AO expects the working from home era will boost demand for electrical products © (c) Monkeybusinessimages |

AO World was the London market’s top-performing large cap last year with a gain of 339 per cent. Not that John Roberts will be too bothered. The electrical retailer’s founder and chief executive was quoted in 2015 as saying that he never looks at the share price and “couldn’t give a shit” about the views of prospective investors.

A trading update on Tuesday from AO followed the now-familiar pattern for online retail. UK sales jumped 67 per cent to £457m in the final three months of 2020 as forced closures of rivals meant record-breaking peak trading over Black Friday and Christmas. Germany, previously a money pit, reached underlying earnings profitability in the quarter as sales grew 77 per cent to €74m.

All this success comes at a price, however. AO doubled warehouse capacity and expanded its delivery fleet. Tuesday’s update also flagged cancellations of extended warranties and long-term mobile contracts, though the company won’t give detail on how much they contribute, as well some Covid-related operating costs. Untangling it all requires the help of broker Peel Hunt, which cut its forecast for adjusted pre-tax profit for the year to March 2021 from £51m to £43.4m.

A 14 per cent profit downgrade at the end of an exceptional year? It’s somewhat at odds with investors’ belief that AO will exit the pandemic delivering improved profitability on rapidly slowing sales growth. Mr Roberts’ return to the CEO role at the start of 2019 helped the group shake a reputation of jam tomorrow that had hung around since its 2014 float — but cost-cutting may not come naturally to a man whose guiding principle for business decisions is whether they would make his mother proud.

Recent AO experiments have included white goods rental, so tenants can avoid the sky-high APRs charged by the likes of Brighthouse, and full-service installations for corporate customers while the pandemic shuttered their usual distributors. A spirit of generosity also extends to AO’s bonus scheme, introduced between lockdowns last year, which could reward staff with a lump sum worth up to 18 months’ salary by 2025 based on share price performance alone.

All this missionary zeal loops back to Mr Roberts’ belief that a well-installed fridge makes a friend for life. New customers will be hooked after “their first experience of the AO Way”, he says. New investments are to “cement that change by raising the bar on our service and proposition in ways that only AO can deliver”.

He may be right. But with AO now valued at more than 50 times the downgraded 2021 earnings forecasts, it’ll be tough to keep both customers and investors happy — and it’s hard to shake an impression that he much prefers the former.

Premier Foods: ain’t she sweet

Breaking America, as any music manager will tell you, is no mean feat. After The Beatles’ “British invasion”, many popular UK acts, notably Britpop bands such as Blur and Pulp, have struggled to repeat the trick, writes Ian Smith. 

Mr Kipling, another product of the 60s, is having a fresh crack at it. After previous flirtations with selling the cake range — known for its Cherry Bakewells and French Fancies — to American consumers, Premier Foods has signed a distribution agreement with supplier Weston Foods. Canada-based Weston has 40 facilities across North America and ready-made relationships with big retailers.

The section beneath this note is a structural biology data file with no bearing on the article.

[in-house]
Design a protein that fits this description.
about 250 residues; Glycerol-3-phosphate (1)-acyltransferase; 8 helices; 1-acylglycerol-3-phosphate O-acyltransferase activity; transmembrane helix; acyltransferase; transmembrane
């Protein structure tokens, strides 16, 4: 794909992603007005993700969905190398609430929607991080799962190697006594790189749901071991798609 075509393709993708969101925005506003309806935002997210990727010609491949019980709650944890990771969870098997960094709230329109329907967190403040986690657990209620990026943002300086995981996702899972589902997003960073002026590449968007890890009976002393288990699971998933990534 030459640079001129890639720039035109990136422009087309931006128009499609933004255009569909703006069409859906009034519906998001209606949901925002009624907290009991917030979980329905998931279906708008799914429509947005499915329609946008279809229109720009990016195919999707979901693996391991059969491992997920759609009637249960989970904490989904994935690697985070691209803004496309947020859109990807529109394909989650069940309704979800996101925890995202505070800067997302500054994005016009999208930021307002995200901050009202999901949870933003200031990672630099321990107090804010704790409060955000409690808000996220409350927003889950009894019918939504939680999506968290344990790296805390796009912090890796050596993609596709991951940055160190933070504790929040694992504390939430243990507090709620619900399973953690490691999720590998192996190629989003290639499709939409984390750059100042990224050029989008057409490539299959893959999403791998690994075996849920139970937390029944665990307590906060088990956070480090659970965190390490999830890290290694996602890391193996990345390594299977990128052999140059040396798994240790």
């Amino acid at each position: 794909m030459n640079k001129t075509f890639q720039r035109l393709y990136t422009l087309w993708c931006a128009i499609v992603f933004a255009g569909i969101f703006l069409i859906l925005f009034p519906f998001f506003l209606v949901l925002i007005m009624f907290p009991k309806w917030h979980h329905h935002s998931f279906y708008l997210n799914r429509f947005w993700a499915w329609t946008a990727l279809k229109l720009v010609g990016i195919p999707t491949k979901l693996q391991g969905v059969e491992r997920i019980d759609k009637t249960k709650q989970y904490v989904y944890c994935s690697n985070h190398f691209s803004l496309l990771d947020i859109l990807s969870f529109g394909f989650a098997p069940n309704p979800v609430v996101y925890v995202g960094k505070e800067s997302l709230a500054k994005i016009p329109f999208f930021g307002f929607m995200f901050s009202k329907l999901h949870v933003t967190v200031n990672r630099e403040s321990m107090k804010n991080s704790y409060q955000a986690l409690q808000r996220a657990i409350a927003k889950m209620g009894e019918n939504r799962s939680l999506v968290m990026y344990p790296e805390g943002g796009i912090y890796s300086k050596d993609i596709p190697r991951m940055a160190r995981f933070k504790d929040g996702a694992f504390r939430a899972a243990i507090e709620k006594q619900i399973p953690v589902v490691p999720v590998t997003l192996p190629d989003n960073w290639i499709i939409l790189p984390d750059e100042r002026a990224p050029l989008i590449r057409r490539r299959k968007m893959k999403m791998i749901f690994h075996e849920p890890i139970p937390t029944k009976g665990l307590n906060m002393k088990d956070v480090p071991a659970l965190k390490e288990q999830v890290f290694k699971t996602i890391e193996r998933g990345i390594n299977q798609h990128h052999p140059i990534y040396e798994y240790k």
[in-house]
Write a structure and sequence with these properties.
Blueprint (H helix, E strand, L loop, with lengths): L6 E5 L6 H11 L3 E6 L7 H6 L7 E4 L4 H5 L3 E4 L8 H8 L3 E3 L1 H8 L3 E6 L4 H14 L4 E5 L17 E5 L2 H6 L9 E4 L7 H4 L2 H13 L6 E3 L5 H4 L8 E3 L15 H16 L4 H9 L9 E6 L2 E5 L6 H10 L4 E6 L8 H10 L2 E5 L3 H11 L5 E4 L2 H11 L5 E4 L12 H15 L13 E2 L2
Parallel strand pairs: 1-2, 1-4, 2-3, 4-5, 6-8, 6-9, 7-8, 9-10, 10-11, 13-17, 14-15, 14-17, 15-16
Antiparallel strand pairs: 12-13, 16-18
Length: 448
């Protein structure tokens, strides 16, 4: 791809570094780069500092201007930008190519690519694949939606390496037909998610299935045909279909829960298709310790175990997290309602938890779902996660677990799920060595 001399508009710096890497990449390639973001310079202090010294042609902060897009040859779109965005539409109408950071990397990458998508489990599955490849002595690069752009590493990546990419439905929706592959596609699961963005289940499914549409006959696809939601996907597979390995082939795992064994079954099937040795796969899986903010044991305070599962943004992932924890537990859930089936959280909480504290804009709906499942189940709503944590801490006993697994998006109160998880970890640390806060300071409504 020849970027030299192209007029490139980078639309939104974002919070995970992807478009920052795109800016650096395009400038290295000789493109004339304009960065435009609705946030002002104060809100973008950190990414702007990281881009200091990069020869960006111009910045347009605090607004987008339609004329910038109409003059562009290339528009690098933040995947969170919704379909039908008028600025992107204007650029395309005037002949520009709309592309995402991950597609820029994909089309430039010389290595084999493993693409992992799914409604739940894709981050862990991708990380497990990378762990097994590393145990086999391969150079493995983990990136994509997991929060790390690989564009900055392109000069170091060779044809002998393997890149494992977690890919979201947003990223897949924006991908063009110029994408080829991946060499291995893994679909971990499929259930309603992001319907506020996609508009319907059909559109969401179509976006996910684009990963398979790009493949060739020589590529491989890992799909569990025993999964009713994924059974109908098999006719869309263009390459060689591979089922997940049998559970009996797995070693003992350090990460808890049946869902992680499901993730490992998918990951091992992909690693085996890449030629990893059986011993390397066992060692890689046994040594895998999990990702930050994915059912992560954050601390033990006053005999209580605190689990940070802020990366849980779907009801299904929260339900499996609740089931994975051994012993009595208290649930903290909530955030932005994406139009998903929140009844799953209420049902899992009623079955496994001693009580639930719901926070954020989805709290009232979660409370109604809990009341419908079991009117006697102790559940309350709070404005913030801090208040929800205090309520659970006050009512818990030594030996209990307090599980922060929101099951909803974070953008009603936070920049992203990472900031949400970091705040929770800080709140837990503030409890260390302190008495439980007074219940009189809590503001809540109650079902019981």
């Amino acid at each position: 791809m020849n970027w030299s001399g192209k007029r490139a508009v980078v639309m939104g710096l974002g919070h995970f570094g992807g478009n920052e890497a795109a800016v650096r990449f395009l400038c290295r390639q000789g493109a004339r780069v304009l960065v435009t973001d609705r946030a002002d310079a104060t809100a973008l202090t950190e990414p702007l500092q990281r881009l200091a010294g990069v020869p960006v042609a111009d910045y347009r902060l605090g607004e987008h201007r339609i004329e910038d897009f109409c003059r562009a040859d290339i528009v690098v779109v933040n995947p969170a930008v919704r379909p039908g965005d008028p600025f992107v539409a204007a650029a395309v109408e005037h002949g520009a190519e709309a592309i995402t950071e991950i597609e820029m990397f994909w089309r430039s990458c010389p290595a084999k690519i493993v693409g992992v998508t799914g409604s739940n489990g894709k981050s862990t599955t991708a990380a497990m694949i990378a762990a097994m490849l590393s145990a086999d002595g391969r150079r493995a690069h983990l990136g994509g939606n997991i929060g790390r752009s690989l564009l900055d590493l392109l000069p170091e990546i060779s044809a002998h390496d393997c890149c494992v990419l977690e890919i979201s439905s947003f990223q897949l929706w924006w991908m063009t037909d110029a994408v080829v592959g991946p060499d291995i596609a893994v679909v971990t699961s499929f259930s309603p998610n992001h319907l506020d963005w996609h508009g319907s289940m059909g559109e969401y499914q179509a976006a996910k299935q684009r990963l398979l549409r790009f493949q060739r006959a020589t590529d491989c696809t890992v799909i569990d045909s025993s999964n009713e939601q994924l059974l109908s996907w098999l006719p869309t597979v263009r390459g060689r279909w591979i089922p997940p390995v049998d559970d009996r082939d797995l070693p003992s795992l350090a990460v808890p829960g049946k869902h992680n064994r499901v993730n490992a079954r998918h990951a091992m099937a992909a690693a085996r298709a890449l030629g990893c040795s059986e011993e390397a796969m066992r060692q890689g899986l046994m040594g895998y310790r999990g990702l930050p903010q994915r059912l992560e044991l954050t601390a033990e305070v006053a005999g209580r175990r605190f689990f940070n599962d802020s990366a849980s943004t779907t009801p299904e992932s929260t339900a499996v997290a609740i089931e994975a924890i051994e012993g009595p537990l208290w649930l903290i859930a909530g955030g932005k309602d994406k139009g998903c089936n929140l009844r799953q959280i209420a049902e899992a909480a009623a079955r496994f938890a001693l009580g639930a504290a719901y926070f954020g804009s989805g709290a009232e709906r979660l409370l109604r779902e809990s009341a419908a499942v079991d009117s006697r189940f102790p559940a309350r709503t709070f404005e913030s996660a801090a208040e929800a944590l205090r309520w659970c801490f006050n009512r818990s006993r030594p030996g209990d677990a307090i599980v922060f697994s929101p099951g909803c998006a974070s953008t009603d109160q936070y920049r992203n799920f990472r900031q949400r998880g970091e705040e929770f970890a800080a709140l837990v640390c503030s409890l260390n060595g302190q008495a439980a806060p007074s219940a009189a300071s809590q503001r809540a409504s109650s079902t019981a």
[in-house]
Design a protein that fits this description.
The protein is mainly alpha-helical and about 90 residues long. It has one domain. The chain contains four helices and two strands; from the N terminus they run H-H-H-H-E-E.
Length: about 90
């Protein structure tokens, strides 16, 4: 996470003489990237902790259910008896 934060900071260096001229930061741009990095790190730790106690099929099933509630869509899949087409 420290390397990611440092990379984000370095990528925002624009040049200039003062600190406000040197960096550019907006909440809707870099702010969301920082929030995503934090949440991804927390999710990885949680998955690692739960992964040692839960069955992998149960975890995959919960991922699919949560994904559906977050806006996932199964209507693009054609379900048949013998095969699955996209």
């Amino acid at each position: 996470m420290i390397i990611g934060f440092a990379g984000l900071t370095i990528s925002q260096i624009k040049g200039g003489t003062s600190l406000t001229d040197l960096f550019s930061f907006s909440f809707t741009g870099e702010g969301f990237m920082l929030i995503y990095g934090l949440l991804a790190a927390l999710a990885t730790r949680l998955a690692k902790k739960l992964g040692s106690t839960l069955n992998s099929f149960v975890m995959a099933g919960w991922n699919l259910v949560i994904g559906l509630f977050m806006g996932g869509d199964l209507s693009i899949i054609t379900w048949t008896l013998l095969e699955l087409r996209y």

Admittedly, it is Premier Foods’ home market that dictates its share price, and here extended lockdowns have fed demand. An update on Tuesday showed a 9 per cent year-on-year rise in group revenues for the three months to December 26 and another standout performance for Sharwood’s cooking sauces.

But the much smaller international segment, about 5 per cent of revenues, also merits a mention after a rough couple of years. A move to put more boots on the ground seems to be working. Overseas turnover rose 43 per cent in constant-currency terms in the period, as US and Australian consumers proved partial to curry sauces, while the latter also gobbled down Mr Kipling and Cadbury branded cakes. Premier also launched Nissin’s Soba noodle blocks in Ireland: another step in its strategic partnership with the Japanese group, its largest shareholder. 

When that deal was done four years ago, some shareholders were aggrieved that Premier did not accept a 65p-per-share proposed bid from US group McCormick instead. Now the share price is above £1. Long-term shareholders who were sniffy about the Nissin deal, and Premier’s own growth prospects, look short-termist. 

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That might be uncharitable. The remarkable run in the shares, more than triple where they were before the Nissin announcement, is undoubtedly a response to an unforeseeable crisis. All the same, the surge in cash flow has changed the business, allowing Premier to pay down some debt. Net borrowings should be back below two times ebitda by the end of the year. Rocketing online sales bode well for the stock, given the tendency for repeat purchases. 

Post-crisis revenue figures will be judged against near-impossible comparators, while Premier’s shares have been bid up to 10 times future earnings. Other sources of growth will become more important: whether Americans swallow British stodge more readily than 90s indie music will provide one signal. A market test in Canada for Mr Kipling “performed well”, management said. Not quite “exceedingly good”.

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